As Carl Sagan memorably reminds us, we're not leaving Earth anytime soon. But as Carl Sagan also memorably reminds us, that's no reason not to keep learning about how we could leave Earth for other worlds someday. That's what NASA's Kepler Mission is about: identifying other planets in distant solar systems -- some of which might be Earthlike. Kepler has already identified 1,235 candidate systems using an orbiting telescope, and this infographic shows all of them to scale with our own pale blue dot.
Through the chart, we also learn about Kepler's process.
Actually, in this graphic, our native star is the pale dot, Jupiter is the black speck on its face, and Earth is a microscopic pinpoint (so small you can't even see it here without zooming way in) -- that circle off in the upper right corner, separated from the rest, is the Sun drawn to scale with the other stars in the Kepler collection. Each of them has at least one planet orbiting it, depicted as a small black shadow against the disc of its parent star. That's actually how NASA finds these planets in the first place -- by observing what are called "transits," when the light of the star is briefly and infinitesimally dimmed by an orbiting planet passing in front of it. (There are myriad other, more complicated ways of detecting exoplanets, but this is the most easily intuitable one.)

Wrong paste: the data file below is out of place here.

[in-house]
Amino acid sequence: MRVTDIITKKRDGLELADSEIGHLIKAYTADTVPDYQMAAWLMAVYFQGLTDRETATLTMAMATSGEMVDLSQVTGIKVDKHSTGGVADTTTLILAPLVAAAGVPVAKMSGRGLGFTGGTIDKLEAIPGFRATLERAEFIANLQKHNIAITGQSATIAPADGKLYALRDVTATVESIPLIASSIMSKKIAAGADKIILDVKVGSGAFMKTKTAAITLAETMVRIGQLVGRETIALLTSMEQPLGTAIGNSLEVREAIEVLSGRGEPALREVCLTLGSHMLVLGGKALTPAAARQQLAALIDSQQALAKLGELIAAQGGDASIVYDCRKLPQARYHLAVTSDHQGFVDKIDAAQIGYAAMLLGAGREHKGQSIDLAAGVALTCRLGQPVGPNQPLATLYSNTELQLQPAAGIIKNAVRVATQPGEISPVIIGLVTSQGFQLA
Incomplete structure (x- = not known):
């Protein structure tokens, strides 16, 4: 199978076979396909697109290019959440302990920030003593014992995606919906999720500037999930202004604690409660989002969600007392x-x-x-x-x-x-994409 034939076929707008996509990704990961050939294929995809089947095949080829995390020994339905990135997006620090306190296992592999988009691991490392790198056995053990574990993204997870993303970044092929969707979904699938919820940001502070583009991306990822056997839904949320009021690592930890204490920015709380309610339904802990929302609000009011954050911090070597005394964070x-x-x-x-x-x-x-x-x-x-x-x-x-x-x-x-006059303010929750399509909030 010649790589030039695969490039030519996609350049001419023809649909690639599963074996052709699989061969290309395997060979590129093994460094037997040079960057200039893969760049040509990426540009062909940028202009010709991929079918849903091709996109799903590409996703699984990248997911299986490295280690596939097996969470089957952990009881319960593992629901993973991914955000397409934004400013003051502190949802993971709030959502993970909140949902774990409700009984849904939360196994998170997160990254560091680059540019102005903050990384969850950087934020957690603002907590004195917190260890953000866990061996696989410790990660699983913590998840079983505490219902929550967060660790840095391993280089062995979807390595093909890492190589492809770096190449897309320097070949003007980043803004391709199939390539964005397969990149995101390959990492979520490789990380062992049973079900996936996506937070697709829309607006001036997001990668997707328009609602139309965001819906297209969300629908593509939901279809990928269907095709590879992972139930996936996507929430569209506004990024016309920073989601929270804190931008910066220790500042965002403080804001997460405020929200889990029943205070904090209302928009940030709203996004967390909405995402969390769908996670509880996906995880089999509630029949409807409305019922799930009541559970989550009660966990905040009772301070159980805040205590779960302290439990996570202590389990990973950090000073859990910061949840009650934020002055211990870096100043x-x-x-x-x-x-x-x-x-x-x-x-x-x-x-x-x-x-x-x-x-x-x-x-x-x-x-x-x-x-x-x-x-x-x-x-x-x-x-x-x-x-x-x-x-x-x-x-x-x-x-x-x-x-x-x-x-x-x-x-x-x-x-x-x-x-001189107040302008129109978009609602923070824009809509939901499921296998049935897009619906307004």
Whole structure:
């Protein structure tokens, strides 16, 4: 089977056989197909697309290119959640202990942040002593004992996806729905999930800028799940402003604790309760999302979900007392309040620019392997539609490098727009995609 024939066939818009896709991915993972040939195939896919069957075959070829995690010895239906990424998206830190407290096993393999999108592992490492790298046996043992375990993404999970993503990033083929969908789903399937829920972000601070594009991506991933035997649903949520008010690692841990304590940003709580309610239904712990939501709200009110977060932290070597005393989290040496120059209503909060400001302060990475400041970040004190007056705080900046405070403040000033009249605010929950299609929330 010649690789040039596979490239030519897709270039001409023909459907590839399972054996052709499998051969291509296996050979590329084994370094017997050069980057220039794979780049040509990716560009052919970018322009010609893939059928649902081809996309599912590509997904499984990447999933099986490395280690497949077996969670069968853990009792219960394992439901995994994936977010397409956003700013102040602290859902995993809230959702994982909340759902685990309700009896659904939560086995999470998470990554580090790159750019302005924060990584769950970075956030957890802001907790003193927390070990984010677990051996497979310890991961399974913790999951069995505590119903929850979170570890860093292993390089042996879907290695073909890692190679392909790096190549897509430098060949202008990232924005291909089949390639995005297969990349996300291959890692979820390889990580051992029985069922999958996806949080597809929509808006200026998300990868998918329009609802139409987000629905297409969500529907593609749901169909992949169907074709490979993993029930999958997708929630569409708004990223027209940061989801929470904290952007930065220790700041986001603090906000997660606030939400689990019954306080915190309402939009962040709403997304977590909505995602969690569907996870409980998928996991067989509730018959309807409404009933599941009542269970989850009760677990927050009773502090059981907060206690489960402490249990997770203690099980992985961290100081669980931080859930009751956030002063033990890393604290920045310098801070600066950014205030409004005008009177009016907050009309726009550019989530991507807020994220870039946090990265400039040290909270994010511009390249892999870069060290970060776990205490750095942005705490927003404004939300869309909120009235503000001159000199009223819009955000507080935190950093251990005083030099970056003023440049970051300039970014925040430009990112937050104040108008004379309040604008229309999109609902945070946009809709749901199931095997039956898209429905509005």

NASA's infographic looks simpler than it is. Besides showing over a thousand planets and stars to scale in one easily understandable image (no mean feat in itself), we also learn about Kepler's process -- the "transit" concept. The scale illustrations and color-coding also impart valuable information in aggregate: With one glance, we learn that the average solar system seen by Kepler has a pale, yellowish star roughly the size of our own, with at least one giant planet roughly the size of Jupiter.
"No duh," you might think -- didn't the Copernican principle already predict that? Yeah well, predictions are one thing but hard data is something else: The fact that many of these "just like us" solar systems exist at all, much less line up with what appear to be habitable conditions on an orbiting planet, was (and still is) hotly contested. But looking at this image, it's hard to deny: there really may be "other Earths" out there.
But how can we be sure? That's Kepler's real mission: to refine these twelve hundred candidate worlds down to a handful of sure things. Of these twelve hundred worlds, 54 were initially announced by NASA to be in the habitable zone -- that is, in the "Goldilocks" sweet spot that can support Earth-like life. (Some of them may have since been ruled out by other observations, but that's the ballpark.) Spectrometers can tell us amazingly detailed things about the conditions on a planet light-years away, and Kepler may just prove that there's a place out there for us, if -- as Carl Sagan memorably said -- we can get there without destroying ourselves here first.